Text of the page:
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Harvard’s “HouseZero”

8.3.17

Rendering of the CGBC headquarters after renovations

Rendering of the CGBC headquarters after renovations 

©Snøhetta/Plompmozes


Rendering of the CGBC headquarters after renovations 

©Snøhetta/Plompmozes

Rendering of the CGBC headquarters after renovations

©Snøhetta/Plompmozes


Rendering of the CGBC headquarters after renovations

©Snøhetta/Plompmozes

CGBC's current headquarters

©Snøhetta


CGBC's current headquarters

©Snøhetta

An unassuming wood house at 20 Sumner Road, built in 1924, is now the site of a renovation that may provide a blueprint for concrete steps to bring sustainability to home renovation. Harvard’s Center for Green Buildings and Cities (CGBC) is an initiative of the Graduate School of Design focusing on sustainable development. Instead of following the traditional processes of construction, it focuses on developing new construction methods for existing structures that emphasize efficiency, sustainability, and lifetime performance. This summer, the CGBC started transforming its headquarters into “HouseZero,” a retrofitted building that aims to produce more energy than it consumes. Achieving multiple sustainability goals in a retrofit—including entirely natural lighting, ventilation, and zero emissions—could provide a repeatable checklist, the CGBC hopes, for similar retrofits of small-scale, residential buildings throughout the United States.

Because the house sits in a Cambridge historic district, the renovation cannot alter its external appearance, says Ali Malkawi, professor of architectural technology and founding director of the CGBC. While limiting, this constraint also allows the project to break new ground in sustainable construction: “people have done a building that is 100 percent [naturally] ventilated, or a building that is 100 percent naturally lit, or close to zero [energy consumption], or zero carbon,” he says. “To our knowledge, no one has reached all these goals at once in a retrofit.”

A common standard for green construction has been developed by Leadership in Energy and Environmental Design (LEED), though that standard has been criticized for prioritizing reduced environmental costs over the health of the people using the building. Malkawi, however, says the CGBC is not seeking any kind of independent certification because they plan to exceed those standards’ criteria. A green building, he says, should be “a sustainable building, which means it has the lowest impact on its surrounding environment as possible. It might have a positive effect on its environment—the surrounding as well as the global.” He adds that it should be “healthy for its occupants” and encourage productivity and creativity. This approach, as well as the goals for being beyond net zero energy consumption with 100 percent natural light and ventilation, guides the renovation.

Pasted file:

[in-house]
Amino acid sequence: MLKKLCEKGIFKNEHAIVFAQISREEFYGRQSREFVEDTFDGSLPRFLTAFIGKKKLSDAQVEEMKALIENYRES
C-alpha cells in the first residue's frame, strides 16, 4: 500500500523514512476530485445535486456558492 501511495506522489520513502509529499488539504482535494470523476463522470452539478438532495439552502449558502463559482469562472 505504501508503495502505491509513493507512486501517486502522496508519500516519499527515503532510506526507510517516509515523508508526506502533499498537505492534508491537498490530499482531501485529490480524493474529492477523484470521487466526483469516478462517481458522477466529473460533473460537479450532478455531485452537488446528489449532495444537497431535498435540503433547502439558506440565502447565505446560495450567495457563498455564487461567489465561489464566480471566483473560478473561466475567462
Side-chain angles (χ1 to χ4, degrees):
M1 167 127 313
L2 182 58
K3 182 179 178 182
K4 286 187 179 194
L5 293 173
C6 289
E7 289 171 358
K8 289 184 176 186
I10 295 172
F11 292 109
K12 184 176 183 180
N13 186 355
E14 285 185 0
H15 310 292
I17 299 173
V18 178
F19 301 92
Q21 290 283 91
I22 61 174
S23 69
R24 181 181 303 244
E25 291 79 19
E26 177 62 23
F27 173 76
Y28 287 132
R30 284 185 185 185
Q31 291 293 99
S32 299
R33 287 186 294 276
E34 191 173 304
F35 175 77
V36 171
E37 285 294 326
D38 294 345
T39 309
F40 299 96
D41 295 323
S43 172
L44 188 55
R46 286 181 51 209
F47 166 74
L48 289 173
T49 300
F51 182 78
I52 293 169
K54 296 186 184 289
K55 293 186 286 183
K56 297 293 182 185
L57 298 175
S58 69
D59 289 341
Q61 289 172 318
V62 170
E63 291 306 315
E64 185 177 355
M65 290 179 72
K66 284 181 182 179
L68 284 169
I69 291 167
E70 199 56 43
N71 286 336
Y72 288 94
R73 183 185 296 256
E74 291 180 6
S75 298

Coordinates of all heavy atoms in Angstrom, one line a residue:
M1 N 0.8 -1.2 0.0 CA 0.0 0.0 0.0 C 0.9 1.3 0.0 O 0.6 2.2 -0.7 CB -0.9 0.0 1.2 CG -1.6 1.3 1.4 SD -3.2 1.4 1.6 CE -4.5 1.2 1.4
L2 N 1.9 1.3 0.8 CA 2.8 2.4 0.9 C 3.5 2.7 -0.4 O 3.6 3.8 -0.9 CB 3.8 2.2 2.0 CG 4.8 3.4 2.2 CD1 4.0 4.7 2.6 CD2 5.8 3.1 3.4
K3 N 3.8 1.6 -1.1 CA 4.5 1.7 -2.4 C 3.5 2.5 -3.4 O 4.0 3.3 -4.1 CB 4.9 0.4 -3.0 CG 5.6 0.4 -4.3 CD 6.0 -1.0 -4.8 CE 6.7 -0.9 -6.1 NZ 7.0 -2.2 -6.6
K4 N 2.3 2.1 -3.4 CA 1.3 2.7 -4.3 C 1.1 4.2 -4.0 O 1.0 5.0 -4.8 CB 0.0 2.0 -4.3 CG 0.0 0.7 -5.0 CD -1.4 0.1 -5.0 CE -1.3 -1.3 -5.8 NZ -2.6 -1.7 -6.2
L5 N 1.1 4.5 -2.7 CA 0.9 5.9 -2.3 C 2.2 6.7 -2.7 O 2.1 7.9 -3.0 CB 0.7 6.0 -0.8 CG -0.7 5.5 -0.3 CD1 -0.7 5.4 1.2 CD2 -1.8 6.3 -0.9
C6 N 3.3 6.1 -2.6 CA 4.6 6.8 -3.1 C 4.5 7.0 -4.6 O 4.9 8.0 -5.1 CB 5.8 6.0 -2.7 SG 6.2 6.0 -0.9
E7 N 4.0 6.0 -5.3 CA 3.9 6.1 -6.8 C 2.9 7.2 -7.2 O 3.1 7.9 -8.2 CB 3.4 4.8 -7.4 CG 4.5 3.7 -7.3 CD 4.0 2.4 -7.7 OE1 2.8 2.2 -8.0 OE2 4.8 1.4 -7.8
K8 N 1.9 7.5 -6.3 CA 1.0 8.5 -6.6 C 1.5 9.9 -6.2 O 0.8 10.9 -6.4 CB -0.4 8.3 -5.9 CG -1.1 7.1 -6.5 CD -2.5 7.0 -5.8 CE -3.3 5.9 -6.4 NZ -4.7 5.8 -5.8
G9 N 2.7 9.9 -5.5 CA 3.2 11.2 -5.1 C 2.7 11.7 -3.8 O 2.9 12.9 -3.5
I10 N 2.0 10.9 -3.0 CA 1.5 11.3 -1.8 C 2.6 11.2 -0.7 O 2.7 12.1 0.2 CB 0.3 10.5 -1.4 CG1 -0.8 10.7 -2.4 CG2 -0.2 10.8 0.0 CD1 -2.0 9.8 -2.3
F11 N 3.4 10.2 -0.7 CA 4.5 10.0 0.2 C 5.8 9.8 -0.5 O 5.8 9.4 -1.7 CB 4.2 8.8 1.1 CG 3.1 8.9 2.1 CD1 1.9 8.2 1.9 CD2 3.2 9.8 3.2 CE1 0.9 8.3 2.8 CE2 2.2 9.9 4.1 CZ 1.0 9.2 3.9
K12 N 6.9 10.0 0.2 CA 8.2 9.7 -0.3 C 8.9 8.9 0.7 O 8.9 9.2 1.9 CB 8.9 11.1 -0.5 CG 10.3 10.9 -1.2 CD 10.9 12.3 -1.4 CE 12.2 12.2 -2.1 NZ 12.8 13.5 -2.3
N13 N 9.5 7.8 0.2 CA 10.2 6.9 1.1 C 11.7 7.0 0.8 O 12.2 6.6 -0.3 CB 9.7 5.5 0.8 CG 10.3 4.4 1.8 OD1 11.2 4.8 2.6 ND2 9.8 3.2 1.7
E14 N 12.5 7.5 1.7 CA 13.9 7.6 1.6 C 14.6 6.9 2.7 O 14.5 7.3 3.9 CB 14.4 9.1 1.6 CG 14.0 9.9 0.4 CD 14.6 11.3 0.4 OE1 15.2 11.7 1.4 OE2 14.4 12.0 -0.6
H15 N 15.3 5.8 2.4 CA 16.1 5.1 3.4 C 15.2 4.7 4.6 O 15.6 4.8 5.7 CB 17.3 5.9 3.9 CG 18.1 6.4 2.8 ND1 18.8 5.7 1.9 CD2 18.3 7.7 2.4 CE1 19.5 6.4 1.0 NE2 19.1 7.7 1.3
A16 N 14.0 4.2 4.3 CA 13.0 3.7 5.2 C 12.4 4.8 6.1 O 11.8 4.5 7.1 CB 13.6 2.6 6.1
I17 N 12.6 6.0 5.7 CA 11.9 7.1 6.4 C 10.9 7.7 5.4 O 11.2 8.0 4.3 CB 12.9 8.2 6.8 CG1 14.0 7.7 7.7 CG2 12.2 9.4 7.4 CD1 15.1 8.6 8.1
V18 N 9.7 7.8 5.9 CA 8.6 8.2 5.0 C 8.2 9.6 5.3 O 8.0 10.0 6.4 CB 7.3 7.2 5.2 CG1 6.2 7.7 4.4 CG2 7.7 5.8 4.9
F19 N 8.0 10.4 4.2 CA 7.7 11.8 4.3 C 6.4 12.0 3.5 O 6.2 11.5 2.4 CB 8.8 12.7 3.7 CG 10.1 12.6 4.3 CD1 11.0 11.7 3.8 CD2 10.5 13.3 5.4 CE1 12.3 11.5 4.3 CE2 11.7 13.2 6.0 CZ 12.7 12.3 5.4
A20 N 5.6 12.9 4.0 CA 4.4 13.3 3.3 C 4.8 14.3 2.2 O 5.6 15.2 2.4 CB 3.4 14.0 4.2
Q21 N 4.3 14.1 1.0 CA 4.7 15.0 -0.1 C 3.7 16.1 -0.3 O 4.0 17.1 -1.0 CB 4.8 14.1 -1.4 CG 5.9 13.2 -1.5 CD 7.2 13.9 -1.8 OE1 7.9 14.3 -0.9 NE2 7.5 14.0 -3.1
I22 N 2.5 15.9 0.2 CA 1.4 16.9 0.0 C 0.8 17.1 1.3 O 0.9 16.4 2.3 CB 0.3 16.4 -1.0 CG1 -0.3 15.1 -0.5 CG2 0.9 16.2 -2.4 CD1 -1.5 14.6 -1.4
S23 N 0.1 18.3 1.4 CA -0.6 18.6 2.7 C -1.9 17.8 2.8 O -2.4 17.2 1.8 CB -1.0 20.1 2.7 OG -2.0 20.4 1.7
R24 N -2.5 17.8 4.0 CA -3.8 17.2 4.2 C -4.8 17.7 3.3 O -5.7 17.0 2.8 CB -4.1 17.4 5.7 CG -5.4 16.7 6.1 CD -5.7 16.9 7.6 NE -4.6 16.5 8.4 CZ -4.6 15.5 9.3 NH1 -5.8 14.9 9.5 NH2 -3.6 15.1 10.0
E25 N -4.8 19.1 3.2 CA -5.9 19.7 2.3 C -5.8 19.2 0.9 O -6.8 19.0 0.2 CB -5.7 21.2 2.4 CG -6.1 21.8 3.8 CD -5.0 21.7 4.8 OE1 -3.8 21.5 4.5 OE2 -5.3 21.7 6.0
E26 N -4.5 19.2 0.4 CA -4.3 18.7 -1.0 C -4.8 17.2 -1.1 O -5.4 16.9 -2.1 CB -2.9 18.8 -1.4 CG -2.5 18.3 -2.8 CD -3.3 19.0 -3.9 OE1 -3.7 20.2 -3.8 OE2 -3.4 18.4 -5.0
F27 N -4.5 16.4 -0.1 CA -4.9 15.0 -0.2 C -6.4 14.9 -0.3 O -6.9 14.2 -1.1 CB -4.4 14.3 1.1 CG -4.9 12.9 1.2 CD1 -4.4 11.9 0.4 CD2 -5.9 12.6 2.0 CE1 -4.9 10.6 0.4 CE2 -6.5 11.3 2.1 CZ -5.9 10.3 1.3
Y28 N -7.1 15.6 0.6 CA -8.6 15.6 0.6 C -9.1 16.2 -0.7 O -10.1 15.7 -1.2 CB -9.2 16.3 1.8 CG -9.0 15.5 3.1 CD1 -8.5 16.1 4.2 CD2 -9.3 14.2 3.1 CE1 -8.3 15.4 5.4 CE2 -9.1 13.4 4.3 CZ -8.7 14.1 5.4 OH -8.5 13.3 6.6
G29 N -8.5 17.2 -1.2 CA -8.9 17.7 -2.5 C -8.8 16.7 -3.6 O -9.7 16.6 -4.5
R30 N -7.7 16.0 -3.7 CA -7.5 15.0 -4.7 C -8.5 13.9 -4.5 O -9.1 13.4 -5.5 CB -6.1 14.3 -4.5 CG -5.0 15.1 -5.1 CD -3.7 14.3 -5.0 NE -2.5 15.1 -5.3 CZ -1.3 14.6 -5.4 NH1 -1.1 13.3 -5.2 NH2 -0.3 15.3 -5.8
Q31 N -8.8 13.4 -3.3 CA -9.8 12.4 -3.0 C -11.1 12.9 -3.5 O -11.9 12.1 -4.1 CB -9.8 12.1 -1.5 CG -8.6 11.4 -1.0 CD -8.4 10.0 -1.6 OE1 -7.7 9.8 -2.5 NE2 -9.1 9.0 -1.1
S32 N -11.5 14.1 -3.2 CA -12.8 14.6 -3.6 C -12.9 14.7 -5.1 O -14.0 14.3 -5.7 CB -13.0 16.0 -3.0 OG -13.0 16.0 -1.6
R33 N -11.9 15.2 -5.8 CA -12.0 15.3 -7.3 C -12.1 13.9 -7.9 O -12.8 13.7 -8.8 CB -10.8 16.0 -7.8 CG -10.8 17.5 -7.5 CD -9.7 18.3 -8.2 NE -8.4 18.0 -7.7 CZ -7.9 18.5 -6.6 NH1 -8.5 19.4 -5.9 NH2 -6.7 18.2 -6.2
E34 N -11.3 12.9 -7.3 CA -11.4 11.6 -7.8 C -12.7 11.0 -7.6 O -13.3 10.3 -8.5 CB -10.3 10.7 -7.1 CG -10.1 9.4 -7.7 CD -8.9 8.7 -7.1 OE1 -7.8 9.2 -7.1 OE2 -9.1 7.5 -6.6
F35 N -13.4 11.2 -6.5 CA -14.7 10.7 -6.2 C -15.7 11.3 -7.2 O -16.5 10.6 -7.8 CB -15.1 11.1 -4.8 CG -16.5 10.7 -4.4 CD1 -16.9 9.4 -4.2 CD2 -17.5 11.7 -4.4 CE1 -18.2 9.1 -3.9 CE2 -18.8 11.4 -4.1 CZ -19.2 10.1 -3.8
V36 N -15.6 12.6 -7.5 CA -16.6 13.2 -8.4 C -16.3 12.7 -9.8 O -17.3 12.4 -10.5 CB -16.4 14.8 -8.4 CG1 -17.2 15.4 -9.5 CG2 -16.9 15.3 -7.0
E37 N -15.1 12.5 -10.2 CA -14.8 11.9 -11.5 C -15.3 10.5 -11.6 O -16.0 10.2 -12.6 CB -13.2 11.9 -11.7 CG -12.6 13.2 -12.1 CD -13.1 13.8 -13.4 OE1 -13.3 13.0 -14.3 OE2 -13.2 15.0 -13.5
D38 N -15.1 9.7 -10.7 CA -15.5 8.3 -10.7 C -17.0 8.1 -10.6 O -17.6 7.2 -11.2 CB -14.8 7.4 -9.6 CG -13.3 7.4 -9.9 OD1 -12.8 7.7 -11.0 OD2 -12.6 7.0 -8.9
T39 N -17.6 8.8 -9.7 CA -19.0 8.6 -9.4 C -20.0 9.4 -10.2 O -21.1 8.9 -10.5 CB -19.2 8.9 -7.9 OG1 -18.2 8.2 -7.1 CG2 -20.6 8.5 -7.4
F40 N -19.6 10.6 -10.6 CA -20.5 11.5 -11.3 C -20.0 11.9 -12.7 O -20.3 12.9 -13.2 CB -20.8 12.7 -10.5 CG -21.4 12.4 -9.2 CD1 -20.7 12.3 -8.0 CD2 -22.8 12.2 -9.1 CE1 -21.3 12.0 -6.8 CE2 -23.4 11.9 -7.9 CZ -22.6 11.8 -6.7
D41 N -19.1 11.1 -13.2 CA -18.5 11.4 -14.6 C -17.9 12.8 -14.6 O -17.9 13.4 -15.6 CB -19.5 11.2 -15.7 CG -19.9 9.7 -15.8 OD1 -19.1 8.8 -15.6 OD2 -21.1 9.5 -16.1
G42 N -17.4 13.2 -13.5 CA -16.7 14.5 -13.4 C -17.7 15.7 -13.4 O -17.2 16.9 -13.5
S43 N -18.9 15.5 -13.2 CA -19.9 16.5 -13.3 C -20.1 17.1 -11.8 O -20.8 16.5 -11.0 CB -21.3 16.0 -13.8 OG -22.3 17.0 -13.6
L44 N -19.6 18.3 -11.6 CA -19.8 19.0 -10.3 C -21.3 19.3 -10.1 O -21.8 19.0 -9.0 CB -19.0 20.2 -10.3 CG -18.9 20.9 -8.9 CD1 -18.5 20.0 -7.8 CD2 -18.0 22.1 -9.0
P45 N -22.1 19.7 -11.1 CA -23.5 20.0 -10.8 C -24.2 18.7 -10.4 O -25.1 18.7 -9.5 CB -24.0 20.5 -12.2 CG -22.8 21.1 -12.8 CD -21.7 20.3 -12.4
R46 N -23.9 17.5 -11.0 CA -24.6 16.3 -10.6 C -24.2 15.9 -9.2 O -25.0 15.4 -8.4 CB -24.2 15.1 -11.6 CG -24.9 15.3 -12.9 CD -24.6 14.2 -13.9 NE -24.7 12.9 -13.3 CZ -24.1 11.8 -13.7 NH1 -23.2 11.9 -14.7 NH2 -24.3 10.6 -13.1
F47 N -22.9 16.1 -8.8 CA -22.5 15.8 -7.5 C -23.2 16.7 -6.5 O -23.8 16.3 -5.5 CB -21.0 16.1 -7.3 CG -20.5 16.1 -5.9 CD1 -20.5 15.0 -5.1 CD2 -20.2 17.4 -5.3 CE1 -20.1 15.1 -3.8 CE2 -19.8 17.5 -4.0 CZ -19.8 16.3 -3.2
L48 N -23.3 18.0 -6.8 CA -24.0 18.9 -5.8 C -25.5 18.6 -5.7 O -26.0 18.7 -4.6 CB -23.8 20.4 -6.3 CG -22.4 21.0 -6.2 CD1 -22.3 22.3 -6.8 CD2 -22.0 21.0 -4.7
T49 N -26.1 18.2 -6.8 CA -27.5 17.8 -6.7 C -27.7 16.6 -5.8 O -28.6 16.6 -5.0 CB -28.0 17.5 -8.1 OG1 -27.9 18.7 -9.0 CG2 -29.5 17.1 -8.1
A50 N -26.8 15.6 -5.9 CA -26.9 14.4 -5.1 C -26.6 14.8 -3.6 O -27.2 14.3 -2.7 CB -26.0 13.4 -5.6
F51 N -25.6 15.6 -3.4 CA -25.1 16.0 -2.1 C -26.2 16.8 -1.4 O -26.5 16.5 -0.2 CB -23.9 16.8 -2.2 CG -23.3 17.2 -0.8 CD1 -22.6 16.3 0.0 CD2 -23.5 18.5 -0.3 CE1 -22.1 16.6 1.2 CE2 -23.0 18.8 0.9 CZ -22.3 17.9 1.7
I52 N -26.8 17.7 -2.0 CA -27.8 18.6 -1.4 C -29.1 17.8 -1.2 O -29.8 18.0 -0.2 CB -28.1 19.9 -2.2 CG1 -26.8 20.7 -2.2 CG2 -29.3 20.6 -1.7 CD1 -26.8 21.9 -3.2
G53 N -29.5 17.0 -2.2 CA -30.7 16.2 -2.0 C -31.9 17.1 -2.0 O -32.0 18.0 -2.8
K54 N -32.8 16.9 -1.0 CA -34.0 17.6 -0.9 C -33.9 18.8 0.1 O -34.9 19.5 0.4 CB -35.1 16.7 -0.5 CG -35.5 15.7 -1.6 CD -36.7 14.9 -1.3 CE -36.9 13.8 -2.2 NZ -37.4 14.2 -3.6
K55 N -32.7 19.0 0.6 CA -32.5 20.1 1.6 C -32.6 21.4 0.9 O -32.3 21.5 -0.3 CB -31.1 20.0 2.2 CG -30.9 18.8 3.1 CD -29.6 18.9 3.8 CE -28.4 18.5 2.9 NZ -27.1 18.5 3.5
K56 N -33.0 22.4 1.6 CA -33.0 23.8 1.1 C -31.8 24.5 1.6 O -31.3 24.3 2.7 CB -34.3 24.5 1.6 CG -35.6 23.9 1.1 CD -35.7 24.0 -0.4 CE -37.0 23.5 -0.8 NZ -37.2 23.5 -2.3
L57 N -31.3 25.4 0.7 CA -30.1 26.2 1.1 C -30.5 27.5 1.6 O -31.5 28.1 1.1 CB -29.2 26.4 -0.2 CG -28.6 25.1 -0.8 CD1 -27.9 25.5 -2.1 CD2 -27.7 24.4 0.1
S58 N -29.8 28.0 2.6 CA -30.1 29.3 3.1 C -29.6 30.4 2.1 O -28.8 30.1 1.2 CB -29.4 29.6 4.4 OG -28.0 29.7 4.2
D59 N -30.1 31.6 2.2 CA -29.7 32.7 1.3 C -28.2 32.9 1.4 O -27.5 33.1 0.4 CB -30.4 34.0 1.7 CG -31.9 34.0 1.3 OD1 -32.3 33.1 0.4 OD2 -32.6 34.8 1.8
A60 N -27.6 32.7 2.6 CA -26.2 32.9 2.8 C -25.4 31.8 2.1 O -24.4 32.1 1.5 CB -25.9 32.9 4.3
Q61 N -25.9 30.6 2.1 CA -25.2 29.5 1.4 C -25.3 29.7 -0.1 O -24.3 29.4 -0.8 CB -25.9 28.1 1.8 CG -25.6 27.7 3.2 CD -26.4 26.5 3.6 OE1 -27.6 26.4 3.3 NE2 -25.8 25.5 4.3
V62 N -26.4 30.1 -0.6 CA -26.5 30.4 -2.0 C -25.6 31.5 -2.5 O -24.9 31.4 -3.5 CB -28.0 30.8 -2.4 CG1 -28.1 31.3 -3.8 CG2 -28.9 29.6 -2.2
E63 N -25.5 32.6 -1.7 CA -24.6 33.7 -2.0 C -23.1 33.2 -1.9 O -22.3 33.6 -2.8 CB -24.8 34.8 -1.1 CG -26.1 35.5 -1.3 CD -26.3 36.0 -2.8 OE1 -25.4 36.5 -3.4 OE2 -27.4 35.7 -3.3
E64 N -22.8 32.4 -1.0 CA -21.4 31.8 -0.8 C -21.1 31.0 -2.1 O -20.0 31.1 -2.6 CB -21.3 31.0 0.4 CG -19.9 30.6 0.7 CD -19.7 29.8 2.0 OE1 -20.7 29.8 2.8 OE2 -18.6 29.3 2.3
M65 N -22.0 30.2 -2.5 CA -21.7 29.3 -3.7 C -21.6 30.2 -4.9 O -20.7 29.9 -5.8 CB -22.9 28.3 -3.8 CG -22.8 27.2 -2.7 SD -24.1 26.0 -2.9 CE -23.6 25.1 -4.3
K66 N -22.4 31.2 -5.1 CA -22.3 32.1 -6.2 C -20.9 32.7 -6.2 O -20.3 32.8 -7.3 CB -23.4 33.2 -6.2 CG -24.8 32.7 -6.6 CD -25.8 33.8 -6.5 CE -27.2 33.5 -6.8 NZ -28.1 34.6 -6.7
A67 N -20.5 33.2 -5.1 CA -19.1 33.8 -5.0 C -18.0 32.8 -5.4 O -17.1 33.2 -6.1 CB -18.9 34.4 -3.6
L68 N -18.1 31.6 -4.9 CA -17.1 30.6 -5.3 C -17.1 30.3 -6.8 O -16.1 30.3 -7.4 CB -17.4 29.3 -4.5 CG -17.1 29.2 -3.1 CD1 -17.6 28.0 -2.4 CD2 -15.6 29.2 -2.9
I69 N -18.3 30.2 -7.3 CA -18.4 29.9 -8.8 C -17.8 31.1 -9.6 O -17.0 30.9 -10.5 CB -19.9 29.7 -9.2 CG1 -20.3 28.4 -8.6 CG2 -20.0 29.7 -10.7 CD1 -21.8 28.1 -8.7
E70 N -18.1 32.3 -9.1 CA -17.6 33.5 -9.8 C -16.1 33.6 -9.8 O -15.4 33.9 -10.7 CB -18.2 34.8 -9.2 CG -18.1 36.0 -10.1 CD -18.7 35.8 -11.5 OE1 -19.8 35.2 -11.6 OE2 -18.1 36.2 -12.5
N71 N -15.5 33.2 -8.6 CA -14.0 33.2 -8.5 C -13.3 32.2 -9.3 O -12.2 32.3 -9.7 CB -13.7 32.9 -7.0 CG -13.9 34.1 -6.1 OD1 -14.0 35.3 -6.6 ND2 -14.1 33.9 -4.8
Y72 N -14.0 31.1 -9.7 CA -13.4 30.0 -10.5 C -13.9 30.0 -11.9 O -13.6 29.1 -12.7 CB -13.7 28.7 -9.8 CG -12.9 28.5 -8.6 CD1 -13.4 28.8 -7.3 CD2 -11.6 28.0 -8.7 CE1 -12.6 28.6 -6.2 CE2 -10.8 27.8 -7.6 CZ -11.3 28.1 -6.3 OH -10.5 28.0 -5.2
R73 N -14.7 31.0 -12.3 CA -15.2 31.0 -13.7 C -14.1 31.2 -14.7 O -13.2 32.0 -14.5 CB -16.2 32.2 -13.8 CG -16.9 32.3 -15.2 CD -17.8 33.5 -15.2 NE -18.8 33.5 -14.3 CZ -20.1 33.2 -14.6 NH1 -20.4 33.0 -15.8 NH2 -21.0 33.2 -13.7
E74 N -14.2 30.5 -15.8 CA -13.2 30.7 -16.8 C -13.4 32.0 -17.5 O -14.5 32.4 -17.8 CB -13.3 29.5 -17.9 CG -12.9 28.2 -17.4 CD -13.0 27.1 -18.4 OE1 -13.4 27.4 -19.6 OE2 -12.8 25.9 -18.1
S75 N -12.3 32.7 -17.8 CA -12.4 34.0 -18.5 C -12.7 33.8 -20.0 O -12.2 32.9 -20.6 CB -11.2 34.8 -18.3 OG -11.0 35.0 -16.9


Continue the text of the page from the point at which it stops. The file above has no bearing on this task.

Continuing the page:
The planned changes, shown here, will allow the house to be naturally lit and ventilated.
Courtesy of Snøhetta

To reduce overall energy consumption, HouseZero is expected to regulate its own temperature and light. The windows will open and close automatically to adjust temperature and provide ventilation. Ventilation will also be created by convection when the sun shines on the house’s chimney, creating negative pressure at the top of the chimney: air will move up from the basement to compensate for that pressure difference. When the weather is uncomfortably hot or cold, the house will tap into the ground’s temperature, which is more stable. Water will be circulated under the house until it reaches ground temperature, which is warmer than the air during the winter, and cooler than the air during the summer, and that water will in turn heat or cool floor slabs. The CGBC is also adding concrete to the stairs and floors—thermal masses which will make the internal air temperature more resistant to change.

In a press release, the CGBC said that “property owners spend more than $230 billion annually heating, cooling and powering [the nation’s] 113.6 million homes,” making up 40 percent of the country’s energy consumption. Green buildings can reduce that demand for energy, and also provide business benefits: retrofits like that being undertaken at the CGBC offices can reduce operating costs by 53 percent and energy consumption by 45 percent. Studies have also suggested they have health benefits, and can alleviate “asthma, respiratory allergies, depression, and stress.” Separately, Joseph Allen, assistant professor of exposure assessment science at the Harvard T.H. Chan School of Public Health, has found that taking steps to make buildings healthier for people can promote workplace productivity.

The renovation is expected to be completed in December, and Malkawi says there are plans for a second phase to expand the building underground while maintaining its energy efficiency, though this will depend on further funding. In the meantime, the CGBC will study the impact of each individual component in HouseZero, from the smart windows to the added concrete, and release data about the costs and benefits. Though windows that automatically open and close seem straight out of a sci-fi movie, the hope is that homeowners will be able to install some of the elements of HouseZero in their own homes. 

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